In honor of MH Day, Days for Girls – in conjunction with several honorary cosponsors (of which IMHER is one) – will be sponsoring an interactive webinar about the effect of the pandemic on refugees with respect to menstruation. The webinar will be held on May 26 6:00-7:00 am UTC. Click here to register, and to read a description of the event. After the event, the IMHER research team will be contributing to a post-webinar report that will focus on key takeaways from the discussion. Additionally, Days for Girls will record and post the proceedings after the event, for those who are unable to attend.
Save the Date – 25 to 27 May 2021, in honor of Menstrual Hygiene Day In 2018, the UNFPA brought to Johannesburg many of those working on menstrual health and hygiene in Africa to honor Menstrual Hygiene Day, while building alliances across the continent (see IMHER’s post on that event.) Three years later, the spirit of that event is continuing – this time, in remote form – with a three-day online symposium sponsored by the ACMHM (The African Coalition for Menstrual Health Management) and MH Day. If it is anything like its predecessor – which it intends to be, as outlined in the symposium concept note – this…
On Tuesday, November 24, starting at 9:30 AM EST (UTC-5) / 16:30 SAST (UTC+2), the Council of Traditional Leaders of Africa, UNFPA and UN Women will hold a virtual dialogue on the role of traditional leaders in Sexual and Reproductive Health Rights through Facebook Live.
This is an announcement for a virtual book launch event for the Palgrave Handbook of Critical Menstrual Studies. The October 8 event is sponsored by the Menstrual Health and Gender Justice working group at Columbia University.
On Thursday, January 23, 2020, the “Period Posse” at Columbia University’s Mailman School of Public Health will be holding a webinar called “Ensuring Accessibility: Addressing the menstrual needs of people with disabilities.”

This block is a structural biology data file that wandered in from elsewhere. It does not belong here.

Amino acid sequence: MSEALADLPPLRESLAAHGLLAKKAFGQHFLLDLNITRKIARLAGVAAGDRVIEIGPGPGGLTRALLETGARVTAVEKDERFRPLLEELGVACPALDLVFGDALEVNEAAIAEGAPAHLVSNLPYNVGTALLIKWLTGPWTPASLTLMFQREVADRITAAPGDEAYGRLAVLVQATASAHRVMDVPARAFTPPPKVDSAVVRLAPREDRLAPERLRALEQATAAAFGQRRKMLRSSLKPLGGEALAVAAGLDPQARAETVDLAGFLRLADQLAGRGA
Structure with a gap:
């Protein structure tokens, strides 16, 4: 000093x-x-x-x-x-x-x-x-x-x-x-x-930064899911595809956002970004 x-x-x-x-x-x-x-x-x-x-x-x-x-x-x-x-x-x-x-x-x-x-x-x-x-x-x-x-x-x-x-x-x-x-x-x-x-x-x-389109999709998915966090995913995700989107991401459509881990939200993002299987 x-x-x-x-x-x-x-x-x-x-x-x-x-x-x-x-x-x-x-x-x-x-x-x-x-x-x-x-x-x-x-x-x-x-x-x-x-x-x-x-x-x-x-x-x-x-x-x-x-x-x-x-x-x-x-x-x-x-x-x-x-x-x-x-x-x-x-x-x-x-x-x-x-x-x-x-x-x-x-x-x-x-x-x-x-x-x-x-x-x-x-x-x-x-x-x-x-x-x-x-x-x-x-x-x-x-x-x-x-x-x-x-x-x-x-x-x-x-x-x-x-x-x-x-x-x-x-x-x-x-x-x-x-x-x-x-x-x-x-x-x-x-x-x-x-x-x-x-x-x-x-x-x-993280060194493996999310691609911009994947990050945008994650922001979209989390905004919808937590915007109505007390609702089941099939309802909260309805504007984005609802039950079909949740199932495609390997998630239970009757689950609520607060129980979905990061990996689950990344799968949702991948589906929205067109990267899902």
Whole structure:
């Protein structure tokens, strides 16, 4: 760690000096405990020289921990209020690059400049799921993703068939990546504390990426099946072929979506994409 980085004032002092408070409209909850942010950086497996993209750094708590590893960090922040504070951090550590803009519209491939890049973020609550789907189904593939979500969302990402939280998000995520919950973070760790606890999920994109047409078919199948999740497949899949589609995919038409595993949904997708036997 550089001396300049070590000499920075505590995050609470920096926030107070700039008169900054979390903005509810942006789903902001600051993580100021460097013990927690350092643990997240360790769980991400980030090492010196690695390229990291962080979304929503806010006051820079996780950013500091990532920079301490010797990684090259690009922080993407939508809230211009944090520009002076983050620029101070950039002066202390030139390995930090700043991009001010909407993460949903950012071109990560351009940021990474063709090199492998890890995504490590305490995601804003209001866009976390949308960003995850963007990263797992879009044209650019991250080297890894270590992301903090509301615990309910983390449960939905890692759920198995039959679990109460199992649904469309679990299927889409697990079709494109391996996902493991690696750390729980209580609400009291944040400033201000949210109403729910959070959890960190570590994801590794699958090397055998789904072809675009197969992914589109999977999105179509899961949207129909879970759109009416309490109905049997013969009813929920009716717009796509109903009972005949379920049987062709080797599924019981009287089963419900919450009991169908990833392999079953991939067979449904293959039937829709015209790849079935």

A group of menstrual hygiene partner organizations based in India will be holding a webinar on 14 Jan 2020 called “Scrap the Period Tax,” which will focus on menstrual product taxation in middle- and low-income countries.
The ICPD25 summit was held in Nairobi earlier this month. Menstrual health and hygiene played a relatively modest official role in the summit, but the fact that menstruation was on the agenda at all represents progress. Moreover, the presence of MHM advocates at the summit, in addition to a pre-conference event focused specifically on menstrual health and hygiene, provided networking and coalition-building opportunities for those who were able to attend. This is a recap of the event and its significance.
This is a quick post to call your attention to the many interesting menstrual health and hygiene-related conferences, webinars, commemorative days, and fellowship deadlines that are quickly approaching. To help keep others posted about upcoming events and deadlines via the IMHER calendar, please use this form. UPCOMING WEBINARS: Columbia University’s “Period Posse” Webinar Series presents: Sept 11 (Wednesday) at 8:00 AM EST: “New Research: Updates from Menstrual Trials in Kenya, Uganda & The Gambia.” Featuring Penny Phillips-Howard, Helen Weiss, and Belen Torondel. Register for online participation here. Oct 9 (Wednesday) at 8:00 AM EST: “Ending the Tampon Tax: Mobilizing Policy Change in the U.S. and the U.K.” Featuring…
Menstrual Hygiene Day is held annually on May 28. Since its inception five years ago, it has become an annual celebration and useful tool for MHM organizations, which tend to conduct a variety of community events (educational, fundraising, political, menstrual product distributions, etc.) on the day itself, and in the days leading up to it. This post provides an overview of Menstrual Hygiene Day, along with some tips for organizations to start thinking early about planning for it in 2020.
In May 2018, many of those in the global MHM sector attended the Menstrual Health Management symposium held in Johannesburg, South Africa. Almost one year later, it seems worth looking back on this significant event in the progress of menstrual health as a global movement. What was learned from it? What has it led to so far?